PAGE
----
Mapping Our Paths Towards Liberation
Disability Justice in the Fight for Racial Equity Day 4 Recap
Meaningful change includes systemic change. In the final session of our Disability Justice in the Fight for Racial Equity forum, national disability and racial justice policy advocates share how current policy can be built and shaped to advance the rights and voices of the multiply marginalized.
“This conversation quite literally has made my year.”
Unpacking a lot in its tight 80 minutes, Mapping Our Paths Towards Liberation features Congresswoman Ayanna Pressley, Rebecca Cokley (Center for American Progress), Candace Coleman (Access Living), Lydia X.Z. Brown (Autistic Women & Nonbinary Network), Victoria Rodríguez-Roldán (AIDS United), and Danyelle Solomon (Center for American Progress).
A fireside chat with Congresswoman Pressley and Rebecca Cokley
Our session opens with an intimate chat between Congresswoman Pressley and Rebecca. Congresswoman Pressley, having heard that those closest to Rebecca refer to her by her last name, begins their conversation with a humble request.
“I’d like to first ask if I can have permission to call you Cokley, because—”
“Yes!” Rebecca interjects enthusiastically.
“—because we are besties, in my mind,” Congresswoman Pressley finishes gleefully.
Their friendship status firmly established, Congresswoman Pressley and “Cokley” embark on the rest of their engaging conversation, covering a variety of topics ranging from intersectional policy to college football rivalries.
As always, we recommend that you experience the full video—but if you can’t get to it right away, here are a couple of highlights to tide you over.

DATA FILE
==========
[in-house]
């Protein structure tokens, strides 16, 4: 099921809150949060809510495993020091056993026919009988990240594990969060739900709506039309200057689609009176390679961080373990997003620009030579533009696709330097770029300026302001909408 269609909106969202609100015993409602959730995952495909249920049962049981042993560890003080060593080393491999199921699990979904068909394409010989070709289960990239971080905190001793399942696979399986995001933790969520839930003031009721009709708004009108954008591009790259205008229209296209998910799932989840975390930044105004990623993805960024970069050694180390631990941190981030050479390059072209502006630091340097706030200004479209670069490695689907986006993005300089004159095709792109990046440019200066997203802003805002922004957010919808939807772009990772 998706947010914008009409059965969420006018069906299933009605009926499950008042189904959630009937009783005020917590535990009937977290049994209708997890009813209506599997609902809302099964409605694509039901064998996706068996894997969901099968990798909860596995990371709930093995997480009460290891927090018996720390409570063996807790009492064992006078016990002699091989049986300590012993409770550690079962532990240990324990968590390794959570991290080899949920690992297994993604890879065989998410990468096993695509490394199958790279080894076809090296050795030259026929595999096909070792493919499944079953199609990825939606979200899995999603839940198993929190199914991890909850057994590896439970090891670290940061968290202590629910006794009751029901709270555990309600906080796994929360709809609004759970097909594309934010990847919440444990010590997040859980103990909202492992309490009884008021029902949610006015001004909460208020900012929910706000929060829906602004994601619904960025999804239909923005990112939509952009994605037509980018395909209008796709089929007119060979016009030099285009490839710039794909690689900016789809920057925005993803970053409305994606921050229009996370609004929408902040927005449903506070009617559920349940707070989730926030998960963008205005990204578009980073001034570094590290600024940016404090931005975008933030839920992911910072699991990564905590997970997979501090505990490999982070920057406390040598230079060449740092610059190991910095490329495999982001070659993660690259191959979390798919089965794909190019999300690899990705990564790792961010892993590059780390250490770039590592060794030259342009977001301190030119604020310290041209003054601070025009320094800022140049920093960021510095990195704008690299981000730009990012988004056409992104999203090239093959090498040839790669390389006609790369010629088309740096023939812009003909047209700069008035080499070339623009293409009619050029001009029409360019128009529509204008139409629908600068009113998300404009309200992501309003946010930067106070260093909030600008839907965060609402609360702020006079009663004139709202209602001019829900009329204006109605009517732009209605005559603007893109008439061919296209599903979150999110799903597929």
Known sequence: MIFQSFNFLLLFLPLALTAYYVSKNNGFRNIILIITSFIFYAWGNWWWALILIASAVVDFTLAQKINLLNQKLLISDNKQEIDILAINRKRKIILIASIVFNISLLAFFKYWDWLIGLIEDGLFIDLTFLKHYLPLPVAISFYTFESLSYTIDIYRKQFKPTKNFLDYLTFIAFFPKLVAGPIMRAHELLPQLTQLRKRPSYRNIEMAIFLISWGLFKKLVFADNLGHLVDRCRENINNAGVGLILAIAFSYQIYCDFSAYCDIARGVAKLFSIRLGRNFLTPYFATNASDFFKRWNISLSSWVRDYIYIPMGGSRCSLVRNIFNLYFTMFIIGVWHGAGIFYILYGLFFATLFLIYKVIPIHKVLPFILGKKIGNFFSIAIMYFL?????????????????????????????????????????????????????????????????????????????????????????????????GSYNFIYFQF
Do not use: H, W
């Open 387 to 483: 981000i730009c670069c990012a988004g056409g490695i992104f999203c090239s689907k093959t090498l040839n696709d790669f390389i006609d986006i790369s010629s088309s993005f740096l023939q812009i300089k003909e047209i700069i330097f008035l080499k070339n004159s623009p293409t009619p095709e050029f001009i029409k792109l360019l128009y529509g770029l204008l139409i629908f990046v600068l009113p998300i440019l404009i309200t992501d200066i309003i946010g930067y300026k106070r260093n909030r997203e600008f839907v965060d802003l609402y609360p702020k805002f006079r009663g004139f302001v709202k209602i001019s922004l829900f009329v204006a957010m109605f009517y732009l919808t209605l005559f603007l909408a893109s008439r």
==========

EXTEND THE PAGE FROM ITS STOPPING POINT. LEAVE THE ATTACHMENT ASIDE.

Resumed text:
The disability community gains a prominent new member
Earlier this year, Congresswoman Pressley announced to the world via a video on The Root that she had recently developed an autoimmune disease called alopecia totalis, resulting in a complete loss of hair on her scalp and face. In other words, Congresswoman Pressley came out as a person with a disability.
“I’m here not only to occupy space, but to create it.”
Rebecca and her staff happened to be in the lobby of Congresswoman Pressley office the morning the video was released. “I completely believe it was the universe meaning for us to be [there] the day that that video dropped, at that moment,” she recalls. “It was so powerful, it was so important. I literally looked at my staff—who are Black disabled women—tear up with the knowledge of what you had just done and how courageous that was, how important it was, ” she tells Congresswoman Pressley.
And why did Congresswoman Pressley own her new disability in front of the world? “I did the reveal because, for me, I felt I could not continue to lead from the most authentic place without being transparent. […] I’m here not only to occupy space, but to create it.”
(…and we are so grateful she did.)
Returning to “normal” is not the answer
Rebecca remarks that many of her colleagues from the Obama administration (where she once served) are anxious to get back to pre-2016 times, a sentiment at which she balks. “Being a disabled person, being a disabled mom, being an activist—it wasn’t that great in 2016!” she points out.
Congresswoman Pressley concurs and points to Reverend William Barber’s stance that we are in a reckoning for the third reconstruction. [History note: The first reconstruction refers to the post-Civil War era attempts to atone for the inequities of slavery, and the second reconstruction refers to the civil rights movement that flourished between World War II and the late 1960s.]
“It wasn’t that great in 2016!”
“When we are talking about a reconstruction, that means it acknowledges that the normal that predated this time was insufficient, unjust and inadequate to begin with.” Driving her point home, she adds, “It’s not just about taking it back to where it was, but it’s actually about taking the opportunity to make the system more equitable for everyone.”
A 2020 silver lining
Rebecca wraps up her chat with Congresswoman Pressley with a remark that no doubt echoes the thought running through many of our minds. “This conversation quite literally has made my year.”
A roundtable with Lydia X.Z. Brown, Victoria Rodríguez-Roldán, Danyelle Solomon, and moderator Candace Coleman
Following Congresswoman Pressley and Rebecca’s farewell, Mapping Our Paths Towards Liberation transitions into a compelling roundtable with moderator Candace Coleman and national disability and racial justice advocates Lydia X.Z. Brown, Victoria Rodríguez-Roldán, and Danyelle Solomon.